COVID tries to steal Halloween

It’s Halloween and my neighbour is putting up her Christmas lights. If I had any happy pills I’d take them.

My thoughts today are especially with young kids and their parents. On top of everything else they’ve experienced these past many months—home schooling, closed schools and playgrounds, online learning, separation from friends— Halloween is especially nightmarish this year.

Scrooge may have stolen Christmas and now COVID and its wicked variants are trying to take the fun out of Halloween.

At one time, cute to creepy costumes were made of stuff you had around the house—cowboy hats, white sheets, wigs, makeup, Aunt Mary’s nurses’s uniform, Dad’s volunteer fire department hat….

Today, the stores have aisles of pricey costumes and lineups for the latest hot items in Disney villains, Harry Potter heroes and PAW Patrol stars.

But coming up with the right costume is only a small part of the Halloween challenge.

In these pandemic days, the government has come up with a set of rules and regulations for the proper practice of Halloween.

According to the health and safety experts at Queen’s Park, trick and treaters (both the givers and takers in this annual ritual) should adhere to the following guidelines:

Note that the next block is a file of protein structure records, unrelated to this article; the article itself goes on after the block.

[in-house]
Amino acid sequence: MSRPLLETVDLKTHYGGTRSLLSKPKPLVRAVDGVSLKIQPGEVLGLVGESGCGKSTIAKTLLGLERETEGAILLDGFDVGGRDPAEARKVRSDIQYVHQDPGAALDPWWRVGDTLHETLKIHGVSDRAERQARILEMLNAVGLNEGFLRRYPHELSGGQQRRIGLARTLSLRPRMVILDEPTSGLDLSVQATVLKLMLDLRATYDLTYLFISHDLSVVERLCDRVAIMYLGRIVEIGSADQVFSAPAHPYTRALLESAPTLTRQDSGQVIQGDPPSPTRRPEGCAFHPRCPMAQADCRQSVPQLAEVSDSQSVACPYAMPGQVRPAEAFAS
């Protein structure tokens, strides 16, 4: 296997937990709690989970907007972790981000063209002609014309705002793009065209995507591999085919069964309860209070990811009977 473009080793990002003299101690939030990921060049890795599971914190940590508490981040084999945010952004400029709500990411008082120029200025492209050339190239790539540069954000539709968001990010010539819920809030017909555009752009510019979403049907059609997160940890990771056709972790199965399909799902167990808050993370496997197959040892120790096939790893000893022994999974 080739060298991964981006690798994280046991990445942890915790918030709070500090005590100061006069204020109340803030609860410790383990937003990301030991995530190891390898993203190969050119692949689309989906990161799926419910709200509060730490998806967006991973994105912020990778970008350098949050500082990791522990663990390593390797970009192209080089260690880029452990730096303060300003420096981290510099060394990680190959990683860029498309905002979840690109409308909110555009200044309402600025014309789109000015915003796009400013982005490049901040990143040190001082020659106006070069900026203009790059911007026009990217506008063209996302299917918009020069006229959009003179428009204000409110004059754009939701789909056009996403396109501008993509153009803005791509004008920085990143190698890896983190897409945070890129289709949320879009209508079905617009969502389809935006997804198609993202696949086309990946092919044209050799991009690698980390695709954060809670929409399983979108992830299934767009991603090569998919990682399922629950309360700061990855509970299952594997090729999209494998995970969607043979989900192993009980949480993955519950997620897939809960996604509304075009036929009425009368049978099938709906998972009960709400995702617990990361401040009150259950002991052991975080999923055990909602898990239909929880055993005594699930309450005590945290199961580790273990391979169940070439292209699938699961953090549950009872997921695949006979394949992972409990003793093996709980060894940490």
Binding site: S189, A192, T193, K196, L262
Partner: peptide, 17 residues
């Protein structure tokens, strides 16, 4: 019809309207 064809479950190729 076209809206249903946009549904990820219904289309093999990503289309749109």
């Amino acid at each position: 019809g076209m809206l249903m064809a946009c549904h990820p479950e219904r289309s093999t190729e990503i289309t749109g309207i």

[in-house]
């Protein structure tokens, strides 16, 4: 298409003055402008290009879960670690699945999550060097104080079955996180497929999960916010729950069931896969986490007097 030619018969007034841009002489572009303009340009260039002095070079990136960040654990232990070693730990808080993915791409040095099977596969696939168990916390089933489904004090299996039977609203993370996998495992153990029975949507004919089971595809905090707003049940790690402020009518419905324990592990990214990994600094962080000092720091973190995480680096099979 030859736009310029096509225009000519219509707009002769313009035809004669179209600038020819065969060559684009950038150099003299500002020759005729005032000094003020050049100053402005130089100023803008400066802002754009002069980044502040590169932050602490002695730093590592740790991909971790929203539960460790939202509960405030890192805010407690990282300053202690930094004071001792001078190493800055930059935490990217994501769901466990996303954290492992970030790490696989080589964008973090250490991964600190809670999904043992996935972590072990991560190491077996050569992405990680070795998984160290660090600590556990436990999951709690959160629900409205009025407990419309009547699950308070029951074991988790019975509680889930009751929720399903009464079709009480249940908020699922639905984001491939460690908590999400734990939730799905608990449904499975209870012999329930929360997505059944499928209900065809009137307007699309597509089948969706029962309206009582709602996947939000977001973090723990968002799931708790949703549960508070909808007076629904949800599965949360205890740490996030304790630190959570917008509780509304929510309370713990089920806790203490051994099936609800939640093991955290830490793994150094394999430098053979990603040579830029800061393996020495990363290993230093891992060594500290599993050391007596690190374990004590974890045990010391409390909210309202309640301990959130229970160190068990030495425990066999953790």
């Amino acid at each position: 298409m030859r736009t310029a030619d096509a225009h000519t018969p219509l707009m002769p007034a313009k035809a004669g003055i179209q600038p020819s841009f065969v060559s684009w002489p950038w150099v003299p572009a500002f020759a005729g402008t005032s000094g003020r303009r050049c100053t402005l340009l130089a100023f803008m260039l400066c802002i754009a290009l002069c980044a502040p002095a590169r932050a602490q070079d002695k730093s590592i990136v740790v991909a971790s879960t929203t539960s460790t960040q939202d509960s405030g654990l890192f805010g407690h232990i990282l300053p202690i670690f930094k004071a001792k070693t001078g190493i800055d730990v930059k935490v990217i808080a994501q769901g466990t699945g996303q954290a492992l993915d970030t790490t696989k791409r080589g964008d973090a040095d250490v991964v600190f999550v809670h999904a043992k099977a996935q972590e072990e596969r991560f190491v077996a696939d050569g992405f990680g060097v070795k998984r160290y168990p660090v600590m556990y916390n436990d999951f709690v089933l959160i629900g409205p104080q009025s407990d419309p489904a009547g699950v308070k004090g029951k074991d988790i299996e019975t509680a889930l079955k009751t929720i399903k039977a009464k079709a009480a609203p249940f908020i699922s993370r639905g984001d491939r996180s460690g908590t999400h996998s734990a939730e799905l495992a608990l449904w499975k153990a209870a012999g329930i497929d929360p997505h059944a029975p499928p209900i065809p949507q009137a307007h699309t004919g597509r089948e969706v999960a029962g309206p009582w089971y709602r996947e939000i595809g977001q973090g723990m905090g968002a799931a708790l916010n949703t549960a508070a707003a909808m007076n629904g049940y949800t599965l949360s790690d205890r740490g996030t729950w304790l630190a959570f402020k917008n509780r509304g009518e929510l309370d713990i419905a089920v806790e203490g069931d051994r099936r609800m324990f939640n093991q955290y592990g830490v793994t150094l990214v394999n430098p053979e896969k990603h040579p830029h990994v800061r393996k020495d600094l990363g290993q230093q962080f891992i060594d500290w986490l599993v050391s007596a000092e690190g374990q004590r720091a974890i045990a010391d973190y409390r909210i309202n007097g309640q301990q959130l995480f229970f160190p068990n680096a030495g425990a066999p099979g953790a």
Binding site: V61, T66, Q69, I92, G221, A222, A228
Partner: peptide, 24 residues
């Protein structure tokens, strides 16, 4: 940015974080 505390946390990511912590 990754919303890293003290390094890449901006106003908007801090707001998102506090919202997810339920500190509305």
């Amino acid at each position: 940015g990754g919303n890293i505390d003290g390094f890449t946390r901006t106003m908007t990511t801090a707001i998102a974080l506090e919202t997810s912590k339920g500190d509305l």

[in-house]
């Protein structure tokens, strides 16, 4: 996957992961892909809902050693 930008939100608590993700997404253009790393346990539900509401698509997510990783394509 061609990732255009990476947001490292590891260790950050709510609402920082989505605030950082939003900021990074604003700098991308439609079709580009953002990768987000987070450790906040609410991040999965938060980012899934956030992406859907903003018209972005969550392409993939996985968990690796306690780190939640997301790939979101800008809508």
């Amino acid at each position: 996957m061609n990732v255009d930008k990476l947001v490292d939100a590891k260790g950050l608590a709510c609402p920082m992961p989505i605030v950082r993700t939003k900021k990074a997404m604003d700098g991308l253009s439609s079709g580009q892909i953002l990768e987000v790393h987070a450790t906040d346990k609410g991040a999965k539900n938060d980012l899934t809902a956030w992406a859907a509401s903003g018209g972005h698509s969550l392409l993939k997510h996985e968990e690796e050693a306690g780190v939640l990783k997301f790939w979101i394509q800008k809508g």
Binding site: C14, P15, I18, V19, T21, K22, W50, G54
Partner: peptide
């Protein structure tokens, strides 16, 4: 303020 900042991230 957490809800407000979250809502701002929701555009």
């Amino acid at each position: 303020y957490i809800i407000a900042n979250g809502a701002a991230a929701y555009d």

Wear medical masks---costume masks are no substitutes.

No crowding doorsteps.

Get your stuff and quickly move on.

Give out only purchased and packaged treats.

Keep interactions between householders and kids brief

No singing or shouting for treats.

What’s next? A Ministry of Halloween and a government approved list of costumes that are politically correct and free of any suggestion of sexism, racism, and culture appropriation?

I don’t remember singing for my treats—and we certainly didn’t shout for them--- but I do have warm memories of lining up with a lot of other kids who knew that Mrs. Mandoles would be handing out homemade taffy apples and they’d run out before the night was over. Pieces of homemade fudge wrapped in waxed paper was another favourite. Kids get to know which houses offer the best stuff.

Those innocent and safe days are gone, of course, long before the pandemic threw a real wrench into much simpler times enjoyed by earlier generations.

A poll conducted by Leger and the Association for Canadian Studies found that only 44 per cent of respondents intend to open their doors to kids this Halloween. That shows how many of us are scared of the virus---or just plain scared to open our door to strangers at night. And maybe some can’t afford to hand out treats because the pandemic has stolen their jobs or businesses and they’re struggling to put food on the table and pay their rent.

Some healthy diet practitioners face a dilemma because they don’t want their kids coming home with a loot bag full of candies and other scorned items. I doubt there are many offerings of healthy items and the kids probably wouldn’t want them anyway.

What the heck; Halloween comes only once a year.

Years ago, when we lived in Toronto, I ran out of treats mid way through Halloween night and resorted to offering small bags of sunflower seeds. I’ll never forget the experience and we still laugh about it to this day. One little fella—I’m guessing about eight years old---took one look at the package and told me to shove it where the sun don’t shine (not his words!)

Let’s hope the kids have fun this Halloween. They deserve it.

Stay safe everyone.


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